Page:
Gina Raimondo called for new focus on manufacturing jobs Tuesday night in a State of the State address that centered on expanding opportunities for the state's middle class through job creation and job training.
"When we're confronted by uncertainty, we hold to our founding covenant: That there's a place here for everyone.There's a place here no matter your race, your creed, your gender, where you're from or who you love," she said.Kastellet, (English: The Citadel) located in Copenhagen, Denmark, is one of the best preserved star fortresses in Northern Europe.Kastellet was part of the defense of Copenhagen against England in the Battle of Copenhagen (1807).Christen Købke (1810–1848), Danish painter associated with the Golden Age of Danish Painting, grew up in Kastellet and made many paintings of the area.
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Morgan also downplayed many of the economic accomplishments Raimondo touted in her address, including the addition of roughly 200 jobs combined from GE Digital and Johnson & Johnson, saying too much money has been given to companies that have promised "too few" jobs.As for common ground with House Speaker Nicholas Mattiello, the governor said — as expected — that she agrees cutting the car tax should be a priority.Raimondo also plugged her recently announced plan for two years of free tuition at the state's public colleges for in-state students. Teresa Paiva Weed called the governor's plan an "innovative approach" that she welcomes.In an acerbic response to the address, House Minority Leader Patricia Morgan was critical of the tuition plan, saying no amount of free tuition will stop the 25-to-45 age demographic from leaving the state.The issue was one of several the progressive wing outlined last week in their "fair shot" agenda.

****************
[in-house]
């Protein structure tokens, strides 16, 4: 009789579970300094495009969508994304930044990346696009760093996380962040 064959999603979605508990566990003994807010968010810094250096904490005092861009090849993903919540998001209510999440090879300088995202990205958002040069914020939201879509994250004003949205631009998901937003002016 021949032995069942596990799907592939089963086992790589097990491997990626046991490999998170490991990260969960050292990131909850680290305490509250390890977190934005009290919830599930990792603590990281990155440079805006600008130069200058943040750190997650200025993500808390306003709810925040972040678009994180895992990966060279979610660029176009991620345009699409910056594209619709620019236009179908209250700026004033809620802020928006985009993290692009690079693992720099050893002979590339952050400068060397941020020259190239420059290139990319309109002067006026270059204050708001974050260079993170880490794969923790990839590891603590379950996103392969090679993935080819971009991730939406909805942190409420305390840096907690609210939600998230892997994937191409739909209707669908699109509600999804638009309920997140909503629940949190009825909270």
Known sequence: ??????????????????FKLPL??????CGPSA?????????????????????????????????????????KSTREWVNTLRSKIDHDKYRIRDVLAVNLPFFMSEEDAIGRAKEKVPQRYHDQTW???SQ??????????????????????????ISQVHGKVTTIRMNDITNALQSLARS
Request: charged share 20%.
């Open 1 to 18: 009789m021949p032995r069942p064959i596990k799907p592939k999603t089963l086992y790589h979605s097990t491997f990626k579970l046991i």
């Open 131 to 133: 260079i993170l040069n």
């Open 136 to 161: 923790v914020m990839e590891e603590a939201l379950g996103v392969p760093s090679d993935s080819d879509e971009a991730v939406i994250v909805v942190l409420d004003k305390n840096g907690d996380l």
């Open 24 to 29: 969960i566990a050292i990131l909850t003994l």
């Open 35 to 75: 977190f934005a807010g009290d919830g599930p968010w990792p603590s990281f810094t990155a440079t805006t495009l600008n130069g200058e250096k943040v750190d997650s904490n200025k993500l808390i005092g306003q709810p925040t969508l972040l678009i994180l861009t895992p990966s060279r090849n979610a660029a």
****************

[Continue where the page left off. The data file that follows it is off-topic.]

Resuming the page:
Other forthcoming budget proposals referenced included "funding to support recovery housing for Rhode Islanders struggling with addiction," a hike in the minimum wage from .60 an hour to .50 an hour, and a raise — for the second consecutive year — for direct care workers.The budget will include Raimondo's plan to slash the tax by at least 30 percent while Mattiello hopes to eliminate it entirely over five years.After her remarks, Mattiello said he intends to go forward with his more aggressive approach.It will also support equipment investments and workforce training for companies, she said.Just how much money is involved in the plan and how it would be distributed isn't yet clear.